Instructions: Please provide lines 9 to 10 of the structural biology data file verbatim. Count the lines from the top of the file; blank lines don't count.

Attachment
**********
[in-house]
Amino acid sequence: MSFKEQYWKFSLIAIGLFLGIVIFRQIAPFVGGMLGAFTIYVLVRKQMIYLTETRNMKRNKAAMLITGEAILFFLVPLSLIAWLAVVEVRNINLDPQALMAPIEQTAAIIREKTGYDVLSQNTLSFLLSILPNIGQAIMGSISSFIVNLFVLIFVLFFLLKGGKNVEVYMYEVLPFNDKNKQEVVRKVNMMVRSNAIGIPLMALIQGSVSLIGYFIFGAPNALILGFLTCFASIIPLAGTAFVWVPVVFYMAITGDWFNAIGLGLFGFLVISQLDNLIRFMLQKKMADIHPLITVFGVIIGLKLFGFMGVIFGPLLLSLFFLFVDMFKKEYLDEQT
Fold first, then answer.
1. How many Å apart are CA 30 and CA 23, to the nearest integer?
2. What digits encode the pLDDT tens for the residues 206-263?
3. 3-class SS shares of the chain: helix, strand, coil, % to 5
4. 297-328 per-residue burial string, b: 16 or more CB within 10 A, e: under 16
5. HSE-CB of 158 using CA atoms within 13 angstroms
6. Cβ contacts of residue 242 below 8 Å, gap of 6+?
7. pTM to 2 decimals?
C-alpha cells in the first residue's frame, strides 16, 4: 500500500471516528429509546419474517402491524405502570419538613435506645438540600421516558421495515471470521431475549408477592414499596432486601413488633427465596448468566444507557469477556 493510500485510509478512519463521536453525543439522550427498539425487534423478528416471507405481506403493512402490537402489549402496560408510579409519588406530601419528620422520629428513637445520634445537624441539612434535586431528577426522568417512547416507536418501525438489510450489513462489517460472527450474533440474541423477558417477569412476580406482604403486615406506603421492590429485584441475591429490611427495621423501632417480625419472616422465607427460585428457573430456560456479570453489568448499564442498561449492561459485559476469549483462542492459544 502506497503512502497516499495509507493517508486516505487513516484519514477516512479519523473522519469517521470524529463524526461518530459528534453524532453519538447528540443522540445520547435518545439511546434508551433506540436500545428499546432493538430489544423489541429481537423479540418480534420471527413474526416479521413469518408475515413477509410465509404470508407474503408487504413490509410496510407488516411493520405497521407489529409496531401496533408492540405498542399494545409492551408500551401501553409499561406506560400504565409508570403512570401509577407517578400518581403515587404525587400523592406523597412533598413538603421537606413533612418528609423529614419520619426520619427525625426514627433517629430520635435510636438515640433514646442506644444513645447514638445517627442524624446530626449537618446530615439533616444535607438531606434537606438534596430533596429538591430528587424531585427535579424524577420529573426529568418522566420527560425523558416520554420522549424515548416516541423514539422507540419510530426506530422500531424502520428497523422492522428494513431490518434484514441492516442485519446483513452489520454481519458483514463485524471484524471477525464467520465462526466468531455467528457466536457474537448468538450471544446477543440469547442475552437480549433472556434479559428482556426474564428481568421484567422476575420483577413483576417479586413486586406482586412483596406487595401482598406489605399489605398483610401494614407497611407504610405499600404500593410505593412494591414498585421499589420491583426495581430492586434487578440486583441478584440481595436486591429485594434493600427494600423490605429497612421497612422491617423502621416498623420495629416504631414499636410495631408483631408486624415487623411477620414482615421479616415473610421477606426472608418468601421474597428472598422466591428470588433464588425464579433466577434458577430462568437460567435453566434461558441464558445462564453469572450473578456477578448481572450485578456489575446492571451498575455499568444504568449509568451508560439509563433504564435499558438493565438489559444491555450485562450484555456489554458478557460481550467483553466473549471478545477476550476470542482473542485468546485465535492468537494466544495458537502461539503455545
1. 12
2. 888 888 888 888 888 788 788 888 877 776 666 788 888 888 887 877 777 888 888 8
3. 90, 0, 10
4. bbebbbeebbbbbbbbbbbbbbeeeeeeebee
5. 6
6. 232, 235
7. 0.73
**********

6. Cβ contacts of residue 242 below 8 Å, gap of 6+?
7. pTM to 2 decimals?